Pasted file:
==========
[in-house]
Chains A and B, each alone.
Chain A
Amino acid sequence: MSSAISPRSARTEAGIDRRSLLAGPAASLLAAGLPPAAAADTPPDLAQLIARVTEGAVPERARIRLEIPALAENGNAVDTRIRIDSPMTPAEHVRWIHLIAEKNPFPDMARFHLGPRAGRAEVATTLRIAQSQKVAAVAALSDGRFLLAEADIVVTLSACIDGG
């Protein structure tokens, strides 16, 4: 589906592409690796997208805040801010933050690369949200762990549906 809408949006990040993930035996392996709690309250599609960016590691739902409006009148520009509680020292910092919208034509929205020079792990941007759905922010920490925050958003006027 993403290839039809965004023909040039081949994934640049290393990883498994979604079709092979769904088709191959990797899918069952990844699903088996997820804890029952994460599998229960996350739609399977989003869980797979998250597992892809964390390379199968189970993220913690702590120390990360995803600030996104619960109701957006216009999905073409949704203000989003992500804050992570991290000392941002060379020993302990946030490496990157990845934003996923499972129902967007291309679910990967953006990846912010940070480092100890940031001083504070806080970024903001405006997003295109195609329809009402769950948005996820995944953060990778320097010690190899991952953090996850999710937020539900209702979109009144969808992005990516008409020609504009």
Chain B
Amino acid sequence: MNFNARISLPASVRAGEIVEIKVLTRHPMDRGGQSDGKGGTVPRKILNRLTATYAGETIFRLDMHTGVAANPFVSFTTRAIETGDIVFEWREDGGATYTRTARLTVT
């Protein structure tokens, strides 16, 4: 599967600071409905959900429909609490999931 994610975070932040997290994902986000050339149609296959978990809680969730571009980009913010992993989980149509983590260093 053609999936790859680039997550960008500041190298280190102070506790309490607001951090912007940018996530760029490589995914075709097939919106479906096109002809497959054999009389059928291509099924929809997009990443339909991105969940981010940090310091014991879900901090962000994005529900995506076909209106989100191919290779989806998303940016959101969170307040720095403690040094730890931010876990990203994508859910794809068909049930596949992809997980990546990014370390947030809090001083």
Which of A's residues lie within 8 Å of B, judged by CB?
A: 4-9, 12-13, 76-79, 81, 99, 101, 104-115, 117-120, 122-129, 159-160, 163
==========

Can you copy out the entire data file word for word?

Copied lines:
[in-house]
Chains A and B, each alone.
Chain A
Amino acid sequence: MSSAISPRSARTEAGIDRRSLLAGPAASLLAAGLPPAAAADTPPDLAQLIARVTEGAVPERARIRLEIPALAENGNAVDTRIRIDSPMTPAEHVRWIHLIAEKNPFPDMARFHLGPRAGRAEVATTLRIAQSQKVAAVAALSDGRFLLAEADIVVTLSACIDGG
């Protein structure tokens, strides 16, 4: 589906592409690796997208805040801010933050690369949200762990549906 809408949006990040993930035996392996709690309250599609960016590691739902409006009148520009509680020292910092919208034509929205020079792990941007759905922010920490925050958003006027 993403290839039809965004023909040039081949994934640049290393990883498994979604079709092979769904088709191959990797899918069952990844699903088996997820804890029952994460599998229960996350739609399977989003869980797979998250597992892809964390390379199968189970993220913690702590120390990360995803600030996104619960109701957006216009999905073409949704203000989003992500804050992570991290000392941002060379020993302990946030490496990157990845934003996923499972129902967007291309679910990967953006990846912010940070480092100890940031001083504070806080970024903001405006997003295109195609329809009402769950948005996820995944953060990778320097010690190899991952953090996850999710937020539900209702979109009144969808992005990516008409020609504009």
Chain B
Amino acid sequence: MNFNARISLPASVRAGEIVEIKVLTRHPMDRGGQSDGKGGTVPRKILNRLTATYAGETIFRLDMHTGVAANPFVSFTTRAIETGDIVFEWREDGGATYTRTARLTVT
């Protein structure tokens, strides 16, 4: 599967600071409905959900429909609490999931 994610975070932040997290994902986000050339149609296959978990809680969730571009980009913010992993989980149509983590260093 053609999936790859680039997550960008500041190298280190102070506790309490607001951090912007940018996530760029490589995914075709097939919106479906096109002809497959054999009389059928291509099924929809997009990443339909991105969940981010940090310091014991879900901090962000994005529900995506076909209106989100191919290779989806998303940016959101969170307040720095403690040094730890931010876990990203994508859910794809068909049930596949992809997980990546990014370390947030809090001083």
Which of A's residues lie within 8 Å of B, judged by CB?
A: 4-9, 12-13, 76-79, 81, 99, 101, 104-115, 117-120, 122-129, 159-160, 163